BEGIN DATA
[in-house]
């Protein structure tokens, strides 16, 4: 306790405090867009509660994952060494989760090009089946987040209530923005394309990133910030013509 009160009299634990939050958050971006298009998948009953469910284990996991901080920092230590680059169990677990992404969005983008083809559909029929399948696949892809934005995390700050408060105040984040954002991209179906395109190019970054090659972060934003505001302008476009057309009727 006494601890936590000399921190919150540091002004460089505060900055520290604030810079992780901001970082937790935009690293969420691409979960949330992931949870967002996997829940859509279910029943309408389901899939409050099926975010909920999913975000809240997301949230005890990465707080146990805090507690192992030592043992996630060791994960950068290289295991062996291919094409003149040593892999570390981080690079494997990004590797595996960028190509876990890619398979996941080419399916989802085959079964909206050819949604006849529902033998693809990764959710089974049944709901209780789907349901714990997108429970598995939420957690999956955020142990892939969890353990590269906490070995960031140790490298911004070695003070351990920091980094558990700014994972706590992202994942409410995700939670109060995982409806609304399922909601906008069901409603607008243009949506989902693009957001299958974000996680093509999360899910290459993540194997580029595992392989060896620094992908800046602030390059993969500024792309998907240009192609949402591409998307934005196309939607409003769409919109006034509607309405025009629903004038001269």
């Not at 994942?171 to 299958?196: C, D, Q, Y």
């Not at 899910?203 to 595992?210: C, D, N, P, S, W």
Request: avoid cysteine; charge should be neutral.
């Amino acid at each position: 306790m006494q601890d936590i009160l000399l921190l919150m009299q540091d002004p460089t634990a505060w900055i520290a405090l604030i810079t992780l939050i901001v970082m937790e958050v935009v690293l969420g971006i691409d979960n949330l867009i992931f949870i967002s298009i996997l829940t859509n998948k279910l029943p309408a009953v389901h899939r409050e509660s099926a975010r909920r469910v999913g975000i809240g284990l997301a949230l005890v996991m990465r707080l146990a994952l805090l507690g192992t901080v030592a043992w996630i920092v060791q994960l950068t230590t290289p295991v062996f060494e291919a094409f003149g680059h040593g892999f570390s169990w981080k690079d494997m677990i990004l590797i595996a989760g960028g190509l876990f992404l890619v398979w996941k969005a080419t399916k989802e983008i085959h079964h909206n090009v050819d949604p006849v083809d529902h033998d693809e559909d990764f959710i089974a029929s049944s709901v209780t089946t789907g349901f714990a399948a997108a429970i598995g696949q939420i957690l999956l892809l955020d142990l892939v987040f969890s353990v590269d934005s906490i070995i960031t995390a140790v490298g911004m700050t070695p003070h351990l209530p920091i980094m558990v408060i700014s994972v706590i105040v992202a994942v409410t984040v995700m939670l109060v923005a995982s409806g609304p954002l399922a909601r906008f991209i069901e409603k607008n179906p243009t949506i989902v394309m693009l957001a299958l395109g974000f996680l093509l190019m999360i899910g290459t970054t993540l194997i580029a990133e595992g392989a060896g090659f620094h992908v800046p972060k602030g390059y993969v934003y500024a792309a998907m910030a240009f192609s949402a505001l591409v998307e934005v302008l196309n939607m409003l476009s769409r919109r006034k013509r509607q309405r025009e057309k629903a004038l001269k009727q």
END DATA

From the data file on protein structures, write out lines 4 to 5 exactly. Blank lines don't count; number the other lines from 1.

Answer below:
């Not at 899910?203 to 595992?210: C, D, N, P, S, W």
Request: avoid cysteine; charge should be neutral.